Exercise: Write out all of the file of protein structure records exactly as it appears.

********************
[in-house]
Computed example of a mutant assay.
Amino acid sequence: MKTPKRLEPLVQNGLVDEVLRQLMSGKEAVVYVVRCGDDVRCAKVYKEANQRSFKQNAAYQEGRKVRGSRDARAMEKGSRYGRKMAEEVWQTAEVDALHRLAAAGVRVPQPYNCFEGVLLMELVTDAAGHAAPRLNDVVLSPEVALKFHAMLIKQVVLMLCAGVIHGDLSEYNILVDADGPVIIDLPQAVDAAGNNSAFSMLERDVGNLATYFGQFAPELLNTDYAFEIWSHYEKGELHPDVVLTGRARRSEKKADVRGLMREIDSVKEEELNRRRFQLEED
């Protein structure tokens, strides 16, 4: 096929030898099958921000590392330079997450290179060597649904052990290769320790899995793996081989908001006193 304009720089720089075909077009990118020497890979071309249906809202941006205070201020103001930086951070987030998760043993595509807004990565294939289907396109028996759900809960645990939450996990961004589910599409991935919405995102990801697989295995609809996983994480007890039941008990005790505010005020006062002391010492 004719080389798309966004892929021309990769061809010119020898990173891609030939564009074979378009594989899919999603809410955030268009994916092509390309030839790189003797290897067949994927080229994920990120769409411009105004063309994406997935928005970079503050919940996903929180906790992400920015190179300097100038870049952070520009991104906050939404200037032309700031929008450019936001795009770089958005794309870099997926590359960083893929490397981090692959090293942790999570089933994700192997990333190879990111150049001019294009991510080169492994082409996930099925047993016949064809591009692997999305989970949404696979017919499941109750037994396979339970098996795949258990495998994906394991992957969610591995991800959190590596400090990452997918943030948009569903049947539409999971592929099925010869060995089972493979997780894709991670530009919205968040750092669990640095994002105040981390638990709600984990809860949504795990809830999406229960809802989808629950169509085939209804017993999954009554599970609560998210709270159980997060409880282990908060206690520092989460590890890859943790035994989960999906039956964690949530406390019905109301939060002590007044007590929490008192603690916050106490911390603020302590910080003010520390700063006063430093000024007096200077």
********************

[in-house]
Computed example of a mutant assay.
Amino acid sequence: MKTPKRLEPLVQNGLVDEVLRQLMSGKEAVVYVVRCGDDVRCAKVYKEANQRSFKQNAAYQEGRKVRGSRDARAMEKGSRYGRKMAEEVWQTAEVDALHRLAAAGVRVPQPYNCFEGVLLMELVTDAAGHAAPRLNDVVLSPEVALKFHAMLIKQVVLMLCAGVIHGDLSEYNILVDADGPVIIDLPQAVDAAGNNSAFSMLERDVGNLATYFGQFAPELLNTDYAFEIWSHYEKGELHPDVVLTGRARRSEKKADVRGLMREIDSVKEEELNRRRFQLEED
């Protein structure tokens, strides 16, 4: 096929030898099958921000590392330079997450290179060597649904052990290769320790899995793996081989908001006193 304009720089720089075909077009990118020497890979071309249906809202941006205070201020103001930086951070987030998760043993595509807004990565294939289907396109028996759900809960645990939450996990961004589910599409991935919405995102990801697989295995609809996983994480007890039941008990005790505010005020006062002391010492 004719080389798309966004892929021309990769061809010119020898990173891609030939564009074979378009594989899919999603809410955030268009994916092509390309030839790189003797290897067949994927080229994920990120769409411009105004063309994406997935928005970079503050919940996903929180906790992400920015190179300097100038870049952070520009991104906050939404200037032309700031929008450019936001795009770089958005794309870099997926590359960083893929490397981090692959090293942790999570089933994700192997990333190879990111150049001019294009991510080169492994082409996930099925047993016949064809591009692997999305989970949404696979017919499941109750037994396979339970098996795949258990495998994906394991992957969610591995991800959190590596400090990452997918943030948009569903049947539409999971592929099925010869060995089972493979997780894709991670530009919205968040750092669990640095994002105040981390638990709600984990809860949504795990809830999406229960809802989808629950169509085939209804017993999954009554599970609560998210709270159980997060409880282990908060206690520092989460590890890859943790035994989960999906039956964690949530406390019905109301939060002590007044007590929490008192603690916050106490911390603020302590910080003010520390700063006063430093000024007096200077």